30 April 2012. Issue 59 of the "ESPI Perspectives" series discusses the potential role of Public-Private Partnerships (PPPs) to meeting satellite communications’ development goals in Europe, in the context of the Digital Agenda.
A coherent overview of the critical issues regarding the delivery of the Digital Agenda in Europe is given in this issue of the ESPI Perspectives series, highlighting the profile of broadband as a public good. In order to identify the appropriateness of a potential Public-Private Partnership (PPP) in this field, it is necessary to point out the advantages of public and private partners working together, sharing risks for investments and resources. Traditionally, PPP models adopted in the SatCom sector have provided space-based assets as infrastructure, but this usage is limited to countries with industrial space capabilities and/or satellites in orbit. In addition to this however, PPP can be applied to provide another crucial “node” of the broadband-ecosystem, where public good features, externalities, natural monopoly and consequential market failure justify such a state intervention and involvement. PPP is also an emerging way to increase competition in the SatCom market and related substitute and/or alternative market segments of the telecommunications sector in general.
Veronica La Regina, co-author of “ESPI Perspectives 59” Image Credit: Shripathi Hadigal Rao
Veronica La Regina is visiting research professor at the International Space University (ISU) in Strasbourg (France). She has been Resident Fellow, seconded by Italian Space Agency (ASI), at the European Space Policy Institute (ESPI) in 2010 - 2011. Prior to joining ESPI, she was employed at Telespazio SpA, satellite services provider, in Italy, where she worked in the department of business strategies and marketing since 2007. Previously she held the position of Experienced Researcher at Wave Energy Centre in Lisbon (Portugal), where she took care of the public policy issues related to the development and deployment of wave energy in Europe. Finally, she was economic researcher at Osservatorio Filas, a centre of socio-economic researches for innovation of the SMEs. She holds a PhD in Studies in Economic Sciences (2004) from the State University of Milan, a Master’s Degree in Institutions and Space Policy (2009) from the Italian Society for International Organizations (SIOI) in Rome, a Bachelor’s Degree in Maths and Statistics (2001) from the University of Rome Sapienza and a Graduation in Law (1999) from the LUISS G. Carli in Rome. She also attended several summer schools dealing with law and economics, game theory and public policies, as well as technical courses on satellite applications. She has also been invited to give lectures on energy economics and space issues. She is leading research on the topic of satellite communications, including her involvement in the main European debates concerning with European Technology non-dependence and broadband implementation.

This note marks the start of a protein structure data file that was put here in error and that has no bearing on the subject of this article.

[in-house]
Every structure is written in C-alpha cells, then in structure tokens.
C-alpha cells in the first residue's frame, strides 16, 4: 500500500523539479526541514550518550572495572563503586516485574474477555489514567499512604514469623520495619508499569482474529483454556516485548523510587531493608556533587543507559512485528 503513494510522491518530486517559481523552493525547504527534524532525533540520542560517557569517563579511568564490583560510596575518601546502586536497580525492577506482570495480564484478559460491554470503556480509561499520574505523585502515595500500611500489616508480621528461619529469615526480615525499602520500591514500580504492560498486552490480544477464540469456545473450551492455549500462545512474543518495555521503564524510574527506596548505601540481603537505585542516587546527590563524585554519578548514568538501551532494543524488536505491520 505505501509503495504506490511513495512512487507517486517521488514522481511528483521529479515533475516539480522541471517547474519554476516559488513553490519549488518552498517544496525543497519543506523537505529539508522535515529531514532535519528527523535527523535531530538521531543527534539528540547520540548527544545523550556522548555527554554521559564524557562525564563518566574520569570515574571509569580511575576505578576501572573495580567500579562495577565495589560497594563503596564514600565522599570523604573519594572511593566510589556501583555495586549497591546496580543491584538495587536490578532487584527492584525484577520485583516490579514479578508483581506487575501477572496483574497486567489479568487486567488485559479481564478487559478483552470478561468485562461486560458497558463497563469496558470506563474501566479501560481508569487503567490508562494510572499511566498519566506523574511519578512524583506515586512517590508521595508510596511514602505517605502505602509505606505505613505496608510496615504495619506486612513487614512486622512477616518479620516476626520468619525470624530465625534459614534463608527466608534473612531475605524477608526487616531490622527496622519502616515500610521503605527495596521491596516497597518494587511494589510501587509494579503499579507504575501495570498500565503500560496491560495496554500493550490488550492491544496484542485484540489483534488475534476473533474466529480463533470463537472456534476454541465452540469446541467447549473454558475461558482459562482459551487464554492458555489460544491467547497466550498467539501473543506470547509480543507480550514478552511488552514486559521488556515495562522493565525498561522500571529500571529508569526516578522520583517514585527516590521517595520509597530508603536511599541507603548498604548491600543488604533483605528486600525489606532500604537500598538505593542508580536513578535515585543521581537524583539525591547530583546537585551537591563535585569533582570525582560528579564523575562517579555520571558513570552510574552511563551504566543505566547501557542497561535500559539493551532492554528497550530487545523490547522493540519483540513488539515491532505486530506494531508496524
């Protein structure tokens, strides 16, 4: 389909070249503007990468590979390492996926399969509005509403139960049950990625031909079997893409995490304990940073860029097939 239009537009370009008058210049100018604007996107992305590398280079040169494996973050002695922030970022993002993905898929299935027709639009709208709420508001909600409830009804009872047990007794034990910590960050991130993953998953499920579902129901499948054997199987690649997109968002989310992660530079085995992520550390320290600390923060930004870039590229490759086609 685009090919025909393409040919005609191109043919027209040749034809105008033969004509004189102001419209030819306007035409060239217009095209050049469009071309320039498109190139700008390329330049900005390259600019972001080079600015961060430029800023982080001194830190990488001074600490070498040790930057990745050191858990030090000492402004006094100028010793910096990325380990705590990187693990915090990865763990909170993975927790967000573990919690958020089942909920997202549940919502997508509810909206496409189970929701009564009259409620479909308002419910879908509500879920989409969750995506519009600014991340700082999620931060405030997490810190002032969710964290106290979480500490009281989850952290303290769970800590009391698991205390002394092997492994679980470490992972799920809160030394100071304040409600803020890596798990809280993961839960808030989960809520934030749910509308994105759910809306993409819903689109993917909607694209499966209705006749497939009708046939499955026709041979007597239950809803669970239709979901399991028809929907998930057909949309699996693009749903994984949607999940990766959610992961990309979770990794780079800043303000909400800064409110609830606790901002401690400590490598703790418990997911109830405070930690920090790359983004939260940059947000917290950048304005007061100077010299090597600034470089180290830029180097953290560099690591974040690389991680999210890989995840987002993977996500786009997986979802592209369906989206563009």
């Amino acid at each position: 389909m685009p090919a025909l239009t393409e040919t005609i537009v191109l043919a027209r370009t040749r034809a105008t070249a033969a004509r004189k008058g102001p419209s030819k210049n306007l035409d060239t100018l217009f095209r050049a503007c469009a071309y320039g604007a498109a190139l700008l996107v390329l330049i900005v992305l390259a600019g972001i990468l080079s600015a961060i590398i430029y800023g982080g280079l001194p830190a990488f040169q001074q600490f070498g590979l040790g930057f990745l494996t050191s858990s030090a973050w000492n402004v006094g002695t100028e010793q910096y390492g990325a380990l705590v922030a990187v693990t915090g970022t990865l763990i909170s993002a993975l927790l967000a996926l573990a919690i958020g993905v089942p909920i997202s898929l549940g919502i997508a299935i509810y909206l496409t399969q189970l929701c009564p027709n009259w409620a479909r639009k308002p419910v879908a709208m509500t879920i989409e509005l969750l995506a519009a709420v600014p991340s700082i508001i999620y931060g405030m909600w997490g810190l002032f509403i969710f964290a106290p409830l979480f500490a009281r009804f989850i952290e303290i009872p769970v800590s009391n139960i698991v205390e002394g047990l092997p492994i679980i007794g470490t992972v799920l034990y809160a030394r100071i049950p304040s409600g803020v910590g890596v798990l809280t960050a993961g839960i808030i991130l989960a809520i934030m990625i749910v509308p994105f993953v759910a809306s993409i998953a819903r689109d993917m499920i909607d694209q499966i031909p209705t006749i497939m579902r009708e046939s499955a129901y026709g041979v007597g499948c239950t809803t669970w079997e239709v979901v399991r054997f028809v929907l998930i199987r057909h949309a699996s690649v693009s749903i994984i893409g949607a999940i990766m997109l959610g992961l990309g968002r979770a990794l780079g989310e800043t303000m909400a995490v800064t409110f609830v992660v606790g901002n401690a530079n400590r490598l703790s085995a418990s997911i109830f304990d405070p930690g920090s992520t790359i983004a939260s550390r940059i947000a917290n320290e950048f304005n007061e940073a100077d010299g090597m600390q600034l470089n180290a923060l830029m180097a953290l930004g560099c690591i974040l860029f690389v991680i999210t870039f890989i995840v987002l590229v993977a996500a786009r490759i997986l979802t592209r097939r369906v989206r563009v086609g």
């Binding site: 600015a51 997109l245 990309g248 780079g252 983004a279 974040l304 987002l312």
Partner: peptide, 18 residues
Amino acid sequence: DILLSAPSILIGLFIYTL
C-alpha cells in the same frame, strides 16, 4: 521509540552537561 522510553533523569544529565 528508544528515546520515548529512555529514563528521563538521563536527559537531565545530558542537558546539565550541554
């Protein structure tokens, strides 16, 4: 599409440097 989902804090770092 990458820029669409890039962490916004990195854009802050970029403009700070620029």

Christopher Wilkins, co-author of “ESPI Perspectives 59”
Christopher Wilkins has been working at SpaceX (Space Exploration Technologies) since 2007 as a Guidance, Navigation, and Control (GNC) engineer. He joined the company after finishing his Master’s in mechanical engineering at Polytechnic University, and Bachelor’s in aerospace and mechanical engineering at the Rensselaer Polytechnic Institute (RPI). During his graduate studies, he published four papers with the AIAA on the topics of spacecraft dynamics and control. Since joining SpaceX, he has developed the GNC for the Dragon spacecraft, which will be America’s primary means of cargo delivery to the International Space Station starting next year. Prior to his work on the Dragon spacecraft, he was the responsible engineer for GNC on the Falcon 1 rocket (and was part of the launch team for the vehicles first successful flight in 2008). Over the past year and a half, while working for SpaceX, Chris has also completed a Master’s in International Affairs at Columbia University, with a focus on international economic policy. He speaks German and French, studied in Germany for a year as an undergraduate, and worked during the summer of 2011 at the European Space Policy Institute in Vienna, Austria.